the juice

  5. (replying to your post) I think research sounds great and I would love to read it. but don't worry about sending me stuff now because I don't want to stress you out. focus on your IM. That is cool that your Baboo is a VA Psychologist. Mental health is desperately needed at the VA.

  6. You can do the bike course - no problem.
    I like how you stretched it out - never really thought about that, but makes sense (to a non-engineer type person like me).
    One of our tri team members is doing IMKY - if you see Brenda say hey (She'll be on the pink Trek chasing everyone in front of her)

  7. A few people from around here and who are doing the race went down and road the course. They said it will be challenging, but not TOO tough!
    Good luck and have a blast!!

  8. That looks like a pretty intense race! It sounds like you've been training hard and will whomp the course like a pro. Very exciting.

    I love your blog!!!

  9. You have been training at 5000 feet of elevation and now are going to be under 1000. You will ROCK THIS THING LIKE NO OTHER. You have put the time in and you will do AWESOME. Especially with that sweet bike. I keep going back to your post of that bike and looking at it because it is so awesome. It will serve you well.
    Good Luck and we will be watching.

  10. When I meet people from Albuquerque (like the Pirate, for example) they can't get over how awesome all that sea level 02 feels. You will be fine. You have a plan, you have trained and you understand elevation maps that cover 112 miles but are squished into two inches. No worries. It's really all about nutrition and heart rate management. The rest is just getting through the water, turning the pedals or putting one foot in front of the other.

  11. I agree with the above (nutrition and HR mgt.) And oh the extra oxygen feels like a natural EPO boost.. See you in the morning for a "light ride"

  12. Yeah- bike profiles just squeeze mega mileage into a teeny tiny space and then make it seem un-doable for the mere mortals...that will in fact line up at the start and then actually "do" it and say "hey, that wasn't so bad"- like you are gonna say!

  13. I love reading your blog. I love reading how you accomplish your goals. Thanks for sharing your days with us.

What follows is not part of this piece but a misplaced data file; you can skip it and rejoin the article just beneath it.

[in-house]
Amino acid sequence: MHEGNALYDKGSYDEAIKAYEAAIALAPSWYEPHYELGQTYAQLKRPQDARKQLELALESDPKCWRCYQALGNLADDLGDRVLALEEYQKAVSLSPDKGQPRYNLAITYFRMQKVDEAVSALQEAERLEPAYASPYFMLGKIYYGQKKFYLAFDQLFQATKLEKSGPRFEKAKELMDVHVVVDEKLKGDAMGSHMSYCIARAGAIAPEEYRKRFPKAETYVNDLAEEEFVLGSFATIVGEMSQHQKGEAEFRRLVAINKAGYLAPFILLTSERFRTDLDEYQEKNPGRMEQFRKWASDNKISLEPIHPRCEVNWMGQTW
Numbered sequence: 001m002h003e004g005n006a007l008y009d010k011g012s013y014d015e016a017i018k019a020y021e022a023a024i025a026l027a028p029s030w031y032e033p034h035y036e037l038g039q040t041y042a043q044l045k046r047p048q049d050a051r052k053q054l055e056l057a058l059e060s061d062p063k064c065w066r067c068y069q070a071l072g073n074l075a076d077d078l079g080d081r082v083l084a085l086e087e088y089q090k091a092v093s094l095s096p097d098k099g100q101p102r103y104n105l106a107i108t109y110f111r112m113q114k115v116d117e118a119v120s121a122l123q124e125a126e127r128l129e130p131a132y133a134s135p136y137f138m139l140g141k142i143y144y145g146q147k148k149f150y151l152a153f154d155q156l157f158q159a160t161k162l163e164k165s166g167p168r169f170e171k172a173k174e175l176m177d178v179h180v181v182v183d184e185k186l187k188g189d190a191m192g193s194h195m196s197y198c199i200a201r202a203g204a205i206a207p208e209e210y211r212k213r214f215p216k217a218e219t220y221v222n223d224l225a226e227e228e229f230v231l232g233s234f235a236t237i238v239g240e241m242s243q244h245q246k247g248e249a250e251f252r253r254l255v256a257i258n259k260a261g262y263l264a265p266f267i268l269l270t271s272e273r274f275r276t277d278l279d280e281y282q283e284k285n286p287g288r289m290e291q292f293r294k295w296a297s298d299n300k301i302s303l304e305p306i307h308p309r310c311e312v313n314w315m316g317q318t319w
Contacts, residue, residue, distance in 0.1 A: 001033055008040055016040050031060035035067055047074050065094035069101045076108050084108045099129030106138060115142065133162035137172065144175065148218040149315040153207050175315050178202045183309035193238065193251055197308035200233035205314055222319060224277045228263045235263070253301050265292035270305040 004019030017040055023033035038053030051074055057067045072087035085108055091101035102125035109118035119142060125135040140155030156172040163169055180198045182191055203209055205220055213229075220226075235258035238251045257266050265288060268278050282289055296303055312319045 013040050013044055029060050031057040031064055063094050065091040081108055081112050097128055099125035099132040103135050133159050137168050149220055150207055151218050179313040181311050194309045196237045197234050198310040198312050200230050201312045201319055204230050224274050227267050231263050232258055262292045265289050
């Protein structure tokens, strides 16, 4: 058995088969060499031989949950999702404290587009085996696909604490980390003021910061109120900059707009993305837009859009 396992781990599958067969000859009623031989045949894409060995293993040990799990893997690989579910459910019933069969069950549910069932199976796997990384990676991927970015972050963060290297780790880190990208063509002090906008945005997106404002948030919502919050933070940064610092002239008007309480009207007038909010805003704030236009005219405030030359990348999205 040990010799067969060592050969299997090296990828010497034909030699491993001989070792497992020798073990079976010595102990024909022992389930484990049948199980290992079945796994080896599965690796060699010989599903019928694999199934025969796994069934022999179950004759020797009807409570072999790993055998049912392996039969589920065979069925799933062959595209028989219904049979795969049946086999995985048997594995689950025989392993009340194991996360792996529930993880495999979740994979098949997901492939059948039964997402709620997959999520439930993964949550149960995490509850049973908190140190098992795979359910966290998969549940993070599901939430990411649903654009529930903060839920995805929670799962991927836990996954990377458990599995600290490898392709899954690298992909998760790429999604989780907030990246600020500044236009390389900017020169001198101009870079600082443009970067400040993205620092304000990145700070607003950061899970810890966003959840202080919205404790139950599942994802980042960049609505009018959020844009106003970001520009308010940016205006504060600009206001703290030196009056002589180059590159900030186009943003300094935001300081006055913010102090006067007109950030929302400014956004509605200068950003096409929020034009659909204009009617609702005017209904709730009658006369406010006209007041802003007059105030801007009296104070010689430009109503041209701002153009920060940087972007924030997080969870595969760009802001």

14. I've been following your training for a bit and your site gave me motivation for my first IM...CDA. I went into it unsure whether I'd make the bike cutoff. I didn't even look at the profile but I drove the course two days before and was terrified. the day of the race I was carried by adrenaline, teammates, spectators screaming my name, waving and smiling. I'm a mentally strong, physically un-gifted rider and my motto was given to my by a teammate the night before: "JUST KEEP MOVING FORWARD". I ended up making the cutoff with plenty of time to spare and had the most fun I've had on a bike ride. You WILL finish feeling great with time to spare, I'm sure of it. One of my favorite lines: "Worry, but know that worrying is as effective as solving an algebra equation by chewing bubble gum." Best of luck to you!

  15. I love how you flattened out the course!!! It put things in a more realistic perspective.

  16. It's really all rollers except for the 1694 out and back--this would be the section AFTER your section 1. If you have a triple on the front and 25 on the back you will able to spin through this section. This is the only stretch where I use the granny gear. The stretch on 393 has some longer rollers and is the only part where I wish for the hills to be over...unfortunately this is the main part of "the loop" and repeats. Planning to be out there for a final RR on 8/11. If you want to fly out to Louisville, we'll pick you up at the airport. Clarksville Cyclery could likely give you a bike to rent...


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I'm sitting here, looking out the window.  I did 3 miles this morning.  Big whoop.  After recovering from CDiff last month, I got a cold...